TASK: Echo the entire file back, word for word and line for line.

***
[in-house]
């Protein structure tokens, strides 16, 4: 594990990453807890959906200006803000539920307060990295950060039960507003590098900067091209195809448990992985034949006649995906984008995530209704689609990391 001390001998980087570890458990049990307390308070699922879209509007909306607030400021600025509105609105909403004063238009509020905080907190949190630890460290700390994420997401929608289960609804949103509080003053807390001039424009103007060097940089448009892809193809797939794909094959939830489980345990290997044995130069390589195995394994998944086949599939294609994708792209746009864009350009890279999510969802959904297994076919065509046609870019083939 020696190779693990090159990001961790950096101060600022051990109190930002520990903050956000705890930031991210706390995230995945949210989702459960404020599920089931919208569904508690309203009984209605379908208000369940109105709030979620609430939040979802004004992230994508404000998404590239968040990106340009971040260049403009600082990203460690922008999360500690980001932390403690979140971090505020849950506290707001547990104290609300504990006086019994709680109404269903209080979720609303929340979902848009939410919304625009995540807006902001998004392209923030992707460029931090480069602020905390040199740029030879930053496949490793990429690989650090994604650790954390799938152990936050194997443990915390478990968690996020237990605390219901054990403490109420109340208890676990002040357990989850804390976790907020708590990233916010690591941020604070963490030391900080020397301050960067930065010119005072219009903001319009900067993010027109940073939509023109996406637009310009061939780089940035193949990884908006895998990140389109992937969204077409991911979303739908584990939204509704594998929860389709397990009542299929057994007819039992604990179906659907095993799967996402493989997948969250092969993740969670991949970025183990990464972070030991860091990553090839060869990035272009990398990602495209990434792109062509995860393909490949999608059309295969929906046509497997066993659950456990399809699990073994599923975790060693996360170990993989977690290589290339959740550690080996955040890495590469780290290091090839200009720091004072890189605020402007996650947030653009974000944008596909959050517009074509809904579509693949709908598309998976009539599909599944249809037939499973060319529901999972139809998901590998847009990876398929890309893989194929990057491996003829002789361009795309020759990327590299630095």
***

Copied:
[in-house]
């Protein structure tokens, strides 16, 4: 594990990453807890959906200006803000539920307060990295950060039960507003590098900067091209195809448990992985034949006649995906984008995530209704689609990391 001390001998980087570890458990049990307390308070699922879209509007909306607030400021600025509105609105909403004063238009509020905080907190949190630890460290700390994420997401929608289960609804949103509080003053807390001039424009103007060097940089448009892809193809797939794909094959939830489980345990290997044995130069390589195995394994998944086949599939294609994708792209746009864009350009890279999510969802959904297994076919065509046609870019083939 020696190779693990090159990001961790950096101060600022051990109190930002520990903050956000705890930031991210706390995230995945949210989702459960404020599920089931919208569904508690309203009984209605379908208000369940109105709030979620609430939040979802004004992230994508404000998404590239968040990106340009971040260049403009600082990203460690922008999360500690980001932390403690979140971090505020849950506290707001547990104290609300504990006086019994709680109404269903209080979720609303929340979902848009939410919304625009995540807006902001998004392209923030992707460029931090480069602020905390040199740029030879930053496949490793990429690989650090994604650790954390799938152990936050194997443990915390478990968690996020237990605390219901054990403490109420109340208890676990002040357990989850804390976790907020708590990233916010690591941020604070963490030391900080020397301050960067930065010119005072219009903001319009900067993010027109940073939509023109996406637009310009061939780089940035193949990884908006895998990140389109992937969204077409991911979303739908584990939204509704594998929860389709397990009542299929057994007819039992604990179906659907095993799967996402493989997948969250092969993740969670991949970025183990990464972070030991860091990553090839060869990035272009990398990602495209990434792109062509995860393909490949999608059309295969929906046509497997066993659950456990399809699990073994599923975790060693996360170990993989977690290589290339959740550690080996955040890495590469780290290091090839200009720091004072890189605020402007996650947030653009974000944008596909959050517009074509809904579509693949709908598309998976009539599909599944249809037939499973060319529901999972139809998901590998847009990876398929890309893989194929990057491996003829002789361009795309020759990327590299630095």